Jerusalem was leveled and desolated.

The temple was desolated: Robbers made the temple their den, polluted its precincts, plundered its gold, and profaned its courts with the blood of worshippers.28 When Jewish blood was mingled with their sacrifices, another prophecy of Jesus was fulfilled. He had warned his hearers that unless they repented, then like Galileans "whose blood Pilate had mingled with their sacrifices," they too would "likewise perish" (Luke 13:1—3). They hadn't repented and, like Galileans, their blood also was mingled with their sacrifices.

Jewish lives also were desolated. The tribulation sent upon the inhabitants of Jerusalem, said Jesus, would be greater than at any time "since the beginning of their kingdom until this time; no, nor ever shall be sent again upon Israel" (Joseph Smith, Matthew 1:18). Jesus charged the women who "bewailed and lamented him" as he travailed his way onto Golgotha, "Daughters of Jerusalem, weep not for me, but weep for yourselves, and for your children," for in the coming days you "shall say, Blessed are the barren, and the wombs that never bare, and the paps which never gave suck. Then shall they begin to say to the mountains, Fall on us; and to the hills, cover us" (Luke 23:27—31). This prophecy was fulfilled many times over. Josephus, for example, said, "such terror prevailed [at one point] that the survivors deemed blessed the lot of the earlier victims, now at rest, while the tortured wretches in the prisons pronounced even the unburied happy in comparison with themselves."29

Thus, all that housed whatever the Jews held dear—land, cities, gardens, fields, woods, their capital, their holy temple, the priesthood organization, their mosaic religion based on temple worship, and their lives—had become desolate.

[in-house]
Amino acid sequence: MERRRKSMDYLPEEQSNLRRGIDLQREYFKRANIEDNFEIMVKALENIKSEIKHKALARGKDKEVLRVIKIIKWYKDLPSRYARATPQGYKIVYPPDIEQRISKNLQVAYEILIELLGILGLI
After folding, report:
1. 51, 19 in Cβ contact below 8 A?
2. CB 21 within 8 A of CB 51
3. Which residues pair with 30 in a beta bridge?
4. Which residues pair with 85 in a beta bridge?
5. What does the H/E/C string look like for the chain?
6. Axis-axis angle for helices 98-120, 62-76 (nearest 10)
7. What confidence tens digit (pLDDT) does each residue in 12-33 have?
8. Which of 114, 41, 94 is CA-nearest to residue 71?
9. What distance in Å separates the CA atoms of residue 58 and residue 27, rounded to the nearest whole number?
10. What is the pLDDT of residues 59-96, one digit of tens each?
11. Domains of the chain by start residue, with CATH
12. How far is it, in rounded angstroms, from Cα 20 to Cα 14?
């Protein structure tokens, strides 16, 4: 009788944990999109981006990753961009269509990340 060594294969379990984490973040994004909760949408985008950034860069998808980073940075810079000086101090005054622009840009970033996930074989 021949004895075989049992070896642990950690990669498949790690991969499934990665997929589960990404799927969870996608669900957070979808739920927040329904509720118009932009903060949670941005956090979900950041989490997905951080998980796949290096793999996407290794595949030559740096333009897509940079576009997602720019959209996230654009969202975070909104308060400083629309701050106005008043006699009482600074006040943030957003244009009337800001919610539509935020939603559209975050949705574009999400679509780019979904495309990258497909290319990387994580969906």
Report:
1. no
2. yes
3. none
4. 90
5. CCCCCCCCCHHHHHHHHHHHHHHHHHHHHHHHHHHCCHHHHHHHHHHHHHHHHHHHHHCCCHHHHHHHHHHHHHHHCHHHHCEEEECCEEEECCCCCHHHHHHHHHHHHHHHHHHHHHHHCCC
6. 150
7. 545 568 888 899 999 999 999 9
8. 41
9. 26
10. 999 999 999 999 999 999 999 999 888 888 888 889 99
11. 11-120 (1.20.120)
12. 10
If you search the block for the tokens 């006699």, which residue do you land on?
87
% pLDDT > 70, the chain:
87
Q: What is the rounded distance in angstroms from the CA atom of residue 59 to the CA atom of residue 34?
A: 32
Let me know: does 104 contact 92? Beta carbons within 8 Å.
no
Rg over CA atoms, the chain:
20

How Did Jesus Save His Disciples?

Jesus obviously knew in detail the forces that would bring destruction. His warnings and counsel helped people prepare in specific ways to cope with the problems he had identified. They took his forewarnings and were forearmed. For example, having shown them that iniquity would abound and love wax cold, he assured them that "he that remaineth steadfast and is not overcome, the same shall be saved" (Joseph Smith—Matthew 1:10—11).

The unprecedented breakdown in law and order, the plunder and violence, the murder and rape described by Josephus, would frighten even the stalwart. But, degenerating conditions when a man's enemies would be they of his own house must not seduce disciples away from their simple faith, their strong moral commitment, and their deep level of love for one another. Seeing others succeed by violence and dishonesty must never entice them to succeed by the same means.